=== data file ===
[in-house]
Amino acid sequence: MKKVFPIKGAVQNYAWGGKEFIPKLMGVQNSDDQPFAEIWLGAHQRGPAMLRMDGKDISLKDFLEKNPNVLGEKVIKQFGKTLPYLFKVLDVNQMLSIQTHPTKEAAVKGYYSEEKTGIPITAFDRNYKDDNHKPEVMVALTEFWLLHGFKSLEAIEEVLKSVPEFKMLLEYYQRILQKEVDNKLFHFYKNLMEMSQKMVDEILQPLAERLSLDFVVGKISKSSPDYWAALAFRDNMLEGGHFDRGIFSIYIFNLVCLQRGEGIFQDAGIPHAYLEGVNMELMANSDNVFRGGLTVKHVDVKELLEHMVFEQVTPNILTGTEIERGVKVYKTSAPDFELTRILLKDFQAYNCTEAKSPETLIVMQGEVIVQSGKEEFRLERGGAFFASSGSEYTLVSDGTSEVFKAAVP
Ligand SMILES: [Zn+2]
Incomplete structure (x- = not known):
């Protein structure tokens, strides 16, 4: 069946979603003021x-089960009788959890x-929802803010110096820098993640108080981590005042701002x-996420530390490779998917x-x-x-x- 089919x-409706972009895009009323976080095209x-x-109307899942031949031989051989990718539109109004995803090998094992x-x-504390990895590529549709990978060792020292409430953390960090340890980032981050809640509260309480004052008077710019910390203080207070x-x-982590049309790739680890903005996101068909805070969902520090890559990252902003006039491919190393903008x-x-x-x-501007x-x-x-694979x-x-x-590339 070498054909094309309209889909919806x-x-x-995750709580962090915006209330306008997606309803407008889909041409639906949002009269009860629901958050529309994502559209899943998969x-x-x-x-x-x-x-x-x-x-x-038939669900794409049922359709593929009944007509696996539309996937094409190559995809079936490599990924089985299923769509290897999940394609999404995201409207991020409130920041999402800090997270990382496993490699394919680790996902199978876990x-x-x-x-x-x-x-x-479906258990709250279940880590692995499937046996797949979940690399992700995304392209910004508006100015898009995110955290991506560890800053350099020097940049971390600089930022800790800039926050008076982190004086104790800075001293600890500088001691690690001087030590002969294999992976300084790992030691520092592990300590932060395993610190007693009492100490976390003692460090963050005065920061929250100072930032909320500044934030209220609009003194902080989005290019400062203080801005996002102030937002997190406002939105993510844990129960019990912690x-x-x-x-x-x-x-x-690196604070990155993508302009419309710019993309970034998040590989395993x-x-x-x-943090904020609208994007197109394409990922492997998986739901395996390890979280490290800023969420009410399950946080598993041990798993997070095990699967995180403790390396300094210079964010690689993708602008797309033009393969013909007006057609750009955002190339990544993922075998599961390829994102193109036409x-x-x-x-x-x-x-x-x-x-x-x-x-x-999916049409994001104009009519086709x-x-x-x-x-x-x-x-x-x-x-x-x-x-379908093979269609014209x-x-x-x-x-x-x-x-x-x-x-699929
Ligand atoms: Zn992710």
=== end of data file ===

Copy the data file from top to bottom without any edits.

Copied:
[in-house]
Amino acid sequence: MKKVFPIKGAVQNYAWGGKEFIPKLMGVQNSDDQPFAEIWLGAHQRGPAMLRMDGKDISLKDFLEKNPNVLGEKVIKQFGKTLPYLFKVLDVNQMLSIQTHPTKEAAVKGYYSEEKTGIPITAFDRNYKDDNHKPEVMVALTEFWLLHGFKSLEAIEEVLKSVPEFKMLLEYYQRILQKEVDNKLFHFYKNLMEMSQKMVDEILQPLAERLSLDFVVGKISKSSPDYWAALAFRDNMLEGGHFDRGIFSIYIFNLVCLQRGEGIFQDAGIPHAYLEGVNMELMANSDNVFRGGLTVKHVDVKELLEHMVFEQVTPNILTGTEIERGVKVYKTSAPDFELTRILLKDFQAYNCTEAKSPETLIVMQGEVIVQSGKEEFRLERGGAFFASSGSEYTLVSDGTSEVFKAAVP
Ligand SMILES: [Zn+2]
Incomplete structure (x- = not known):
């Protein structure tokens, strides 16, 4: 069946979603003021x-089960009788959890x-929802803010110096820098993640108080981590005042701002x-996420530390490779998917x-x-x-x- 089919x-409706972009895009009323976080095209x-x-109307899942031949031989051989990718539109109004995803090998094992x-x-504390990895590529549709990978060792020292409430953390960090340890980032981050809640509260309480004052008077710019910390203080207070x-x-982590049309790739680890903005996101068909805070969902520090890559990252902003006039491919190393903008x-x-x-x-501007x-x-x-694979x-x-x-590339 070498054909094309309209889909919806x-x-x-995750709580962090915006209330306008997606309803407008889909041409639906949002009269009860629901958050529309994502559209899943998969x-x-x-x-x-x-x-x-x-x-x-038939669900794409049922359709593929009944007509696996539309996937094409190559995809079936490599990924089985299923769509290897999940394609999404995201409207991020409130920041999402800090997270990382496993490699394919680790996902199978876990x-x-x-x-x-x-x-x-479906258990709250279940880590692995499937046996797949979940690399992700995304392209910004508006100015898009995110955290991506560890800053350099020097940049971390600089930022800790800039926050008076982190004086104790800075001293600890500088001691690690001087030590002969294999992976300084790992030691520092592990300590932060395993610190007693009492100490976390003692460090963050005065920061929250100072930032909320500044934030209220609009003194902080989005290019400062203080801005996002102030937002997190406002939105993510844990129960019990912690x-x-x-x-x-x-x-x-690196604070990155993508302009419309710019993309970034998040590989395993x-x-x-x-943090904020609208994007197109394409990922492997998986739901395996390890979280490290800023969420009410399950946080598993041990798993997070095990699967995180403790390396300094210079964010690689993708602008797309033009393969013909007006057609750009955002190339990544993922075998599961390829994102193109036409x-x-x-x-x-x-x-x-x-x-x-x-x-x-999916049409994001104009009519086709x-x-x-x-x-x-x-x-x-x-x-x-x-x-379908093979269609014209x-x-x-x-x-x-x-x-x-x-x-699929
Ligand atoms: Zn992710």